Words of Grace
Beloved, we are God’s children now, and what we will be has not yet appeared; but we know that when he appears we shall be like him, because we shall see him as he is. And everyone who thus hopes in him purifies himself as he is pure.
 
1 John 3:2-3

Hearing From God (Psalm 95:7c-11)

Sunday's Sermon: In The Beginning

Sermon Text - Genesis 1:1-2:3
 

Sermon Outline:
1. The God of Creation (v. 1a, )
2. The Gifts of Creation (v. 26-28; Phil. 1:6)

Sermon Reflection

This week we began a new series in the book of Genesis. Genesis is the first book of the Bible and the first of the five books that introduce us to the opening characters and realities of the Biblical story.

When we come to Genesis 1, we are introduced to God. "In the beginning, God."(v. 1a) He is the main character of this opening chapter. He is described as the master craftsman working with what he has created culminating in the acclamation, "And God saw everything that he had made, and behold, it was very good." (v. 1:31)

So what is this opening chapter really all about? It leads us to delight in God and his work by showing us how we got here, who we are, and why we are here.

If God is the main character of the creation story then what do we learn about him? He is before all things (v. 1a). He created the heavens and the earth, that is, everything, out of nothing (v. 1a). He stands outside of creation. He is utterly self-existent, dependent on nothing and no one. But he is intimately involved and even pours out his blessings (v. 22, 28; 2:3). And as we look at his creative work we discover it is deliberate, ordered, and purposeful. It is the work of one who is in absolute control over all things.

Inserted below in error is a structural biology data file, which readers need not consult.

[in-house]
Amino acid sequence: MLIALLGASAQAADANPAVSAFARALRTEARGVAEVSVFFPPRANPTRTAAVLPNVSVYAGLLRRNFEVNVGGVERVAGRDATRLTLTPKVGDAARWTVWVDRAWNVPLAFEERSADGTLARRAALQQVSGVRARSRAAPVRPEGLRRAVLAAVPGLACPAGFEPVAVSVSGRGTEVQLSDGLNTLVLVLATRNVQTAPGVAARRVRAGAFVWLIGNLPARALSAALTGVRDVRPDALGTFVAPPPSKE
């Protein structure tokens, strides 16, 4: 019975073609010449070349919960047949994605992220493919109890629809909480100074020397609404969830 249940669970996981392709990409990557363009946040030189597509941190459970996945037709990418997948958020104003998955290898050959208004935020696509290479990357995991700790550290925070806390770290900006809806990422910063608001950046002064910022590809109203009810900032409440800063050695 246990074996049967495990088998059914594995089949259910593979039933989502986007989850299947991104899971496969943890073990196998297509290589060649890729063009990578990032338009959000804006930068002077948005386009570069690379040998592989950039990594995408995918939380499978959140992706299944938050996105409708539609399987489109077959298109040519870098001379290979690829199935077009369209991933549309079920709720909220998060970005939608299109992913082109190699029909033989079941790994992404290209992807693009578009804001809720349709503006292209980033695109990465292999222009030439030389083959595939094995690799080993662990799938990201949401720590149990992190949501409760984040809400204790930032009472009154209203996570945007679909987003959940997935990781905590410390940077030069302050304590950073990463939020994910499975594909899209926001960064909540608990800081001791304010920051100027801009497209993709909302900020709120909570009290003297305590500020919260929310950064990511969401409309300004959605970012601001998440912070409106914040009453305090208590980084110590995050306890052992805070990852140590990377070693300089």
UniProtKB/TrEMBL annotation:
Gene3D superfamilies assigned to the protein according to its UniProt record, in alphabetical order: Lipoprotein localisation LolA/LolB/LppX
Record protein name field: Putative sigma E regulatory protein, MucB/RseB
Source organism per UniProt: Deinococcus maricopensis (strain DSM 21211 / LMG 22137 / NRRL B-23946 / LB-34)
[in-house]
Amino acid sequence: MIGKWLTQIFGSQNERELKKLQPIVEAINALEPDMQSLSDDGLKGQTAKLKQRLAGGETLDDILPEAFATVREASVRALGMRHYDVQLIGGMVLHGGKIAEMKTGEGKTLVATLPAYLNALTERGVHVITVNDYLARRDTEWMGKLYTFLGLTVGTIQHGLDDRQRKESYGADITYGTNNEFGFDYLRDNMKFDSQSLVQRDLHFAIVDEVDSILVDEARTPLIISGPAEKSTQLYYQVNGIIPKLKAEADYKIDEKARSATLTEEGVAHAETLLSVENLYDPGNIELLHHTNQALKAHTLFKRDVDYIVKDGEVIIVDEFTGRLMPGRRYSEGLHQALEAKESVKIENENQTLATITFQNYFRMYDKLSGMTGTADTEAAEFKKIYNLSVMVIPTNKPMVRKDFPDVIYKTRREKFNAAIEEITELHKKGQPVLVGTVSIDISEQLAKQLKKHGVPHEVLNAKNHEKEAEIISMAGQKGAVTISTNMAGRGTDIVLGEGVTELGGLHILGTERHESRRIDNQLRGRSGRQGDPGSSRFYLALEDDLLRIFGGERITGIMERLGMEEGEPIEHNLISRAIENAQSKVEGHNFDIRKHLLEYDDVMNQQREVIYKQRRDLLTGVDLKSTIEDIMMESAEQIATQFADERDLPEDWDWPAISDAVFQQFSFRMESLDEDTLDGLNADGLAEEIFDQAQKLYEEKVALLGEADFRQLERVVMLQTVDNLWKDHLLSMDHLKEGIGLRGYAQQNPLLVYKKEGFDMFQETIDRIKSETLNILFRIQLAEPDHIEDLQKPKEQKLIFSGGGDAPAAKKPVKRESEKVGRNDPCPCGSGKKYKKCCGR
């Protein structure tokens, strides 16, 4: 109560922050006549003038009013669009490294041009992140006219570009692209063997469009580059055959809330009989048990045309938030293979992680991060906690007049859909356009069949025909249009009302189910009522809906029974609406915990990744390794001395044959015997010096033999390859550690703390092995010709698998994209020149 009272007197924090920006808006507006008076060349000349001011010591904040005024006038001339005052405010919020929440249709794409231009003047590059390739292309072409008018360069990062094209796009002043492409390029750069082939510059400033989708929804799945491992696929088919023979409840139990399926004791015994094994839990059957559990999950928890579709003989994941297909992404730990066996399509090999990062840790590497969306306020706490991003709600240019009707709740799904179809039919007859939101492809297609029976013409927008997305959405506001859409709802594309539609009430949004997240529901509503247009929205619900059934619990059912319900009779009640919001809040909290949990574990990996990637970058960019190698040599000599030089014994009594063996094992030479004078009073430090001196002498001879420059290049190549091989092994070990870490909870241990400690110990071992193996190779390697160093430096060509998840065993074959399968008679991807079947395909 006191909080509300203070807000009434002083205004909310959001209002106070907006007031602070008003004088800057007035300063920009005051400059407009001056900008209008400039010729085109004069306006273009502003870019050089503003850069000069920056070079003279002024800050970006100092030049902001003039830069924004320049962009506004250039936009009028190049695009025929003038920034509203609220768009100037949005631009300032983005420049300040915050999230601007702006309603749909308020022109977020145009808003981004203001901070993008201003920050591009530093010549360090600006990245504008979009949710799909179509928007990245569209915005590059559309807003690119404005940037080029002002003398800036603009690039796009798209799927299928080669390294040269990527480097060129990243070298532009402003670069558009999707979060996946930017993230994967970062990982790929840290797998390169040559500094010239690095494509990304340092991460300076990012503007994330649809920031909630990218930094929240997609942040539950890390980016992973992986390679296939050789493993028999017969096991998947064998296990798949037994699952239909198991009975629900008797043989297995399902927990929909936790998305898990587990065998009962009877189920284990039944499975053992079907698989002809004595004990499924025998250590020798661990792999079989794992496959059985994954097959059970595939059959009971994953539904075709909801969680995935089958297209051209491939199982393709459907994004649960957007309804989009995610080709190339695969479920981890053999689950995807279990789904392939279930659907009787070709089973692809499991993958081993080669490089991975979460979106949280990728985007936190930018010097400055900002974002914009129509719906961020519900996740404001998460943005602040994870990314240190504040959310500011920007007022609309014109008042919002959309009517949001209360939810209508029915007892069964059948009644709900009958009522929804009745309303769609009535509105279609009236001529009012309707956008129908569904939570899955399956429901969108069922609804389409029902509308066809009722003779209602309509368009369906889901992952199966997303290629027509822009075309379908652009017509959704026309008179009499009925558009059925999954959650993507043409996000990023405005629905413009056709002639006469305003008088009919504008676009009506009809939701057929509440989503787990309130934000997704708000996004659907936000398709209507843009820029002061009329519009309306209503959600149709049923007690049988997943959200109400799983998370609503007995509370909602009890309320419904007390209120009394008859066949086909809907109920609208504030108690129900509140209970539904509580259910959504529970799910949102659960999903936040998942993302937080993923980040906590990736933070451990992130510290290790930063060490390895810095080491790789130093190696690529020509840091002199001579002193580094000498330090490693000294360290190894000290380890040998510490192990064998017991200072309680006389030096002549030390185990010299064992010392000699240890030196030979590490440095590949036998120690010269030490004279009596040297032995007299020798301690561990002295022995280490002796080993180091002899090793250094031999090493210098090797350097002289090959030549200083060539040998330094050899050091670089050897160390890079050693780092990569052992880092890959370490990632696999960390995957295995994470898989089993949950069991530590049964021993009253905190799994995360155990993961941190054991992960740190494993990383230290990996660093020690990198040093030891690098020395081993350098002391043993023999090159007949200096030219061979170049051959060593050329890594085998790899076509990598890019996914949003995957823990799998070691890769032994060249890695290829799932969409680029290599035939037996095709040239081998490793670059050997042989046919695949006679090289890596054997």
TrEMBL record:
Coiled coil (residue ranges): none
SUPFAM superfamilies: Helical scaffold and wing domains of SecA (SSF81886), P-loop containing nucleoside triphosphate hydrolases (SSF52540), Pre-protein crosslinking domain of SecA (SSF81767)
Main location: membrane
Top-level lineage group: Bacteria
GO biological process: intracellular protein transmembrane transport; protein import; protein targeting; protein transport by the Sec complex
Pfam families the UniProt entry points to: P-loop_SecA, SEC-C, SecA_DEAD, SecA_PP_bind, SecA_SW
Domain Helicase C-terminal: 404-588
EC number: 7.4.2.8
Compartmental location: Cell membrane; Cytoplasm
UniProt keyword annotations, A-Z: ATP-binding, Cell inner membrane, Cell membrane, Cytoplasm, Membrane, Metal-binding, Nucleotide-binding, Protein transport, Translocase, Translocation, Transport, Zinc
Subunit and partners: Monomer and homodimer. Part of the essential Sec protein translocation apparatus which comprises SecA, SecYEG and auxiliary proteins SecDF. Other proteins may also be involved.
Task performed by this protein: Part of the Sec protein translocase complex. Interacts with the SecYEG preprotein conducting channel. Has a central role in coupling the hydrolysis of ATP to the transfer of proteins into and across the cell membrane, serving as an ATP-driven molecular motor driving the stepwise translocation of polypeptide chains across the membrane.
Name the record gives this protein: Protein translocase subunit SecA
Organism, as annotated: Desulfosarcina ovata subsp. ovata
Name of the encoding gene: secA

The conclusion of the passage comes in 2:1-3 with God resting from all he has made. In other words, God is deeply satisfied and delights in his work. What then is the point we need to hear from this opening passage? Among all that it teaches about how we got here it teaches us a very important and simple truth about God. God finishes what he starts. (1:1; 2:1-3)